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The Albert Memorial

The Prince Consort National Memorial: its History, Contexts, and Conservation

Edited by Chris Brooks

View Inside Price: $50.00

September 10, 2000
456 pages, 6 1/8 x 13
112 b/w + 200 color illus.
ISBN: 9780300073119

Published in association with English Heritage and for the Paul Mellon Centre for Studies in British

The Albert Memorial is one of the most famous British monuments, the product of a richly creative architectural period (the international Gothic Revival) and the masterpiece of a great architect, George Gilbert Scott. This lavishly illustrated book tells the history and the symbolism and gives an account of the recent restoration of this nineteenth-century monument.

Leading authorities in the field discuss the public life of Prince Albert and how he was depicted; Scott’s conception of the Memorial; its design, construction, sculpture, decoration, and symbolism; the Memorial’s setting in South Kensington; its history since first being built; and the massive restoration program of the 1990s. The Memorial’s design combined structural innovation with a brilliantly inventive handling of Gothic precedents. Its building and decoration brought together architecture, fine art, applied art, and craft in a way that exemplified the creative unity the Victorians found in the Gothic tradition. Its sculptural program, more ambitious than any other monument of the century, is the culmination of the public statuary in which mid-Victorian British sculptors led Europe. In commemorating Prince Albert, the Memorial exemplified the age, its material achievements, its cultural inheritance, and its intellectual and spiritual aspirations.

Chris Brooks teaches Victorian culture at the University of Exeter.

“Yet the edifice erected in his memory was ‘if anything, even more chequered by disapproval and lack of sympathy than the career of the man it commemorates—one of Britain’s least understood or appreciated monuments,’ says Chris Brooks, in the preface to the sumptuous Yale University Press volume.”—Geraint Smith, Evening Standard

“Chris Brook’s superb volume . . . is more than the record of a triumph for architectural conservation. . . . Alastair Glass’s remarkable account of the repair and conservation of the monument, toward the end of the volume, makes for fascinating reading, but the sheer complexity of the task, and the significance of the structure itself, are made vividly apparent only by the preceding sections of this revelatory book.”—Timothy Barringer, Journal of Society of Architectural Historians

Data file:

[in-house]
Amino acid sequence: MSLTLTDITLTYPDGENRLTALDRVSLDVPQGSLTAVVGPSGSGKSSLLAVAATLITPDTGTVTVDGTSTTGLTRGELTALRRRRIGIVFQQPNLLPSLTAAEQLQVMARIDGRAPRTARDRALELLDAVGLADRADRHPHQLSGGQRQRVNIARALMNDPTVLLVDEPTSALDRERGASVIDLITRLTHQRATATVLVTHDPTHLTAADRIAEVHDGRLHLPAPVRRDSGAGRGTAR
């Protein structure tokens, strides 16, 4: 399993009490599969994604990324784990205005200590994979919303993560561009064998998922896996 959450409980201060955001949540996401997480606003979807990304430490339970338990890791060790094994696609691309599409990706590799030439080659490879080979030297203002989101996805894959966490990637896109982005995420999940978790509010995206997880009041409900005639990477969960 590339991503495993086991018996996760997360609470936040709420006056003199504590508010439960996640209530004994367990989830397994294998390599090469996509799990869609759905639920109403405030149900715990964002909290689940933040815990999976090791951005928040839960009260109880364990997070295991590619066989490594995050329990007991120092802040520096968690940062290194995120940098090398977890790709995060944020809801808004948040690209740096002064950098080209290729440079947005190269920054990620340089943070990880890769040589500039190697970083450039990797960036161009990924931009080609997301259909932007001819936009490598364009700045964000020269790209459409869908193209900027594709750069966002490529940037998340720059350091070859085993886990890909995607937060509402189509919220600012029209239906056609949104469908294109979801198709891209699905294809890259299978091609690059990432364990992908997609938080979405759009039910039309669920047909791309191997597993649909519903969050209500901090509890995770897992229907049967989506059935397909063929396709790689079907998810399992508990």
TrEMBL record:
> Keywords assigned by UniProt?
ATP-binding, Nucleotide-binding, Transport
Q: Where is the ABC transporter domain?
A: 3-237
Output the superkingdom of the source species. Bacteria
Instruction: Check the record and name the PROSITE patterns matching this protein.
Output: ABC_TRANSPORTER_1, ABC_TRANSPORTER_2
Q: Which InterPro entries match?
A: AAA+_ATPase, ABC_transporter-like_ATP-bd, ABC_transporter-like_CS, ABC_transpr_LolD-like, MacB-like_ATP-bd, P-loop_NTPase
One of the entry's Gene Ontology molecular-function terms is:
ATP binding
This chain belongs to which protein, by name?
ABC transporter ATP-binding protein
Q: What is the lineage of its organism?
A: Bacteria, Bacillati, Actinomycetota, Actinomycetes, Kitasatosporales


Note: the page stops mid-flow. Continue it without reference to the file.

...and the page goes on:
“This definitive canvassing of the monument’s history, iconography, construction and critical reception also charts the changing image of the man it commemorates.”—Martin Filler, New York Times Book Review

“Fascinating. . . . The book details Albert’s importance, the Memorial’s development and construction, the artistic and structural importance of the object, and the difficulties of its repair. The Memorial has for a long time been ridiculed as an excessively flamboyant display. This book reestablishes its importance and integrates it in a study of Victorian artistic achievement.”—Richard Holder, The Victorian

“[An] excellent book.”—Asa Briggs, Times Higher Education Supplement

“The story of ‘The Prince Consort National Memorial,’ its rise, fall and reevaluation, is the subject of this splendid book, which is packed with charming period illustrations and fine color photographs. Leading authorities discuss the life of Prince Albert; the design, construction, decoration and symbolism of the monument; its history and its massive restoration in the 1990s.”—Victorian Decorating & Lifestyle

“A wonderful new book, The Albert Memorial, gives a richly illustrated account of the monument’s conception by George Gilbert Scott, its symbolism and the conservation techniques applied in the 1990s to restore its luster.”—Christopher Schoppa, Washington Post Book World

Named a New York Times Book Review Notable Book for 2000

Winner of the 2002 Historians of British Art Book Prize for the best multi-authored volume
The Paul Mellon Centre for Studies in British Art
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